When the boost to retention rates is taken into account, the organisation estimated that recruitment in some subjects could be as much as 240 per cent of what is needed.

The government has been criticised for allowing “bursary tourism”, with the National Audit Office finding £1 billion had been spent on bursaries without any proper evaluation of whether they were working.

The move to make bursaries less attractive also comes as the DfE prepares to raise the starting salary for new teachers to at least £30,000.

Some initiatives have survived the cull, however. The undergraduate bursary of £9,000 for those studying a qualified teacher status course in secondary maths or physics, or those studying an opt-in QTS course in secondary undergraduate computing, languages, mathematics or physics, will remain in place in 2021-22.

The troops to teachers undergraduate bursary, worth £40,000 to those who have left employment in the British Army, Royal Air Force or Royal Navy and enrol on certain eligible QTS courses within five years, will also continue.

The DfE has also changed the way its grants for schools to help cover the salaries and training costs of trainees on school-direct salaried routes will work.

The grants were previously available for trainees in chemistry, classics, computing, maths, languages, physics, biology, design and technology, English, geography, history, music, RE and primary teachers, and ranged from £9,000 to £23,900 depending on the subject and location of the school.

The new grants will be £24,000 for chemistry, computing, maths and physics, £10,000 for languages and classics and £7,000 for biology, and will be at the same level regardless of where a school is. Other subjects will no longer be covered.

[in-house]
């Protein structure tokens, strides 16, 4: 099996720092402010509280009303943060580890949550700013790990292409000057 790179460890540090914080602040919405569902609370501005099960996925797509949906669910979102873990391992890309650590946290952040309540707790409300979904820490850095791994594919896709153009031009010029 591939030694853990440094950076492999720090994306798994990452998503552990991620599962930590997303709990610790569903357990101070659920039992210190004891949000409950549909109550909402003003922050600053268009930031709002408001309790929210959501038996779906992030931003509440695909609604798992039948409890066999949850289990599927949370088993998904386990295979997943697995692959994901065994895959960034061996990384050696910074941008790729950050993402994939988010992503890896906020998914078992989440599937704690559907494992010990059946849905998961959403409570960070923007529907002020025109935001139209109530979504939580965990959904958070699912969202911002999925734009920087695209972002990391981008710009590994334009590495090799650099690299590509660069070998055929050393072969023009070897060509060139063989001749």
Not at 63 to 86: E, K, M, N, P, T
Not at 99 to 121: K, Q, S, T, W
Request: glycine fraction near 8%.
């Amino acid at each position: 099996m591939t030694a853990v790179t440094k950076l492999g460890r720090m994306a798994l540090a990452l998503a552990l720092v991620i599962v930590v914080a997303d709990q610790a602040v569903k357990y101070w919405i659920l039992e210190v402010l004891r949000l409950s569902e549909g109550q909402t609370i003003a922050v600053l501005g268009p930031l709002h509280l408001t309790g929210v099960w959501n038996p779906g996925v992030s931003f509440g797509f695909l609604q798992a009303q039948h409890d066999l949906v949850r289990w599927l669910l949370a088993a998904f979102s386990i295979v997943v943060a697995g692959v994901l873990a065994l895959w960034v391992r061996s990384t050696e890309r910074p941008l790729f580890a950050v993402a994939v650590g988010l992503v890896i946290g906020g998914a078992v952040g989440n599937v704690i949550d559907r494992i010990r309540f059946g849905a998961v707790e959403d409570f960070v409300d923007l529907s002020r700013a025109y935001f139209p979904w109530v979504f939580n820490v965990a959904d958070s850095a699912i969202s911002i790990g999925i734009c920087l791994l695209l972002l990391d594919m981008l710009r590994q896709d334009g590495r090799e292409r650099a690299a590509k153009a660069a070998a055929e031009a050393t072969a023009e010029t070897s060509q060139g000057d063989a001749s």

Grants to help schools pay postgraduate teaching apprentices have also been simplified. From 2021-22, the DfE will pay schools £15,000 for apprentice teachers of chemistry, computing, maths and physics, and £1,000 for those in classics and languages. Grants in other subjects will be scrapped.

But schools minister Nick Gibb said: “Teaching remains an attractive proposition, which is evidenced by the significant increase in applications over the last few months, and these financial incentives are set to attract those to the hardest to recruit subjects.”

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  1. Jessica

    I was planning to apply for teacher training next year, but now probably won’t. As a career changer, I was willing to consider a nearly 50% salary drop once I started teaching, but I was relying on the bursary for the teaching year out of work to be affordable. I don’t fancy another £20K of student loans on top of a massive salary sacrifice.

    • We have many staff at our school that have worked in the “real world” and they’d say without exception that teaching is the hardest job they have done. In this country, in the current politicised environment, it is utterly toxic for most teaching staff. The teachers love teaching but the cost to personal life is way too high. Go abroad where you’re appreciated.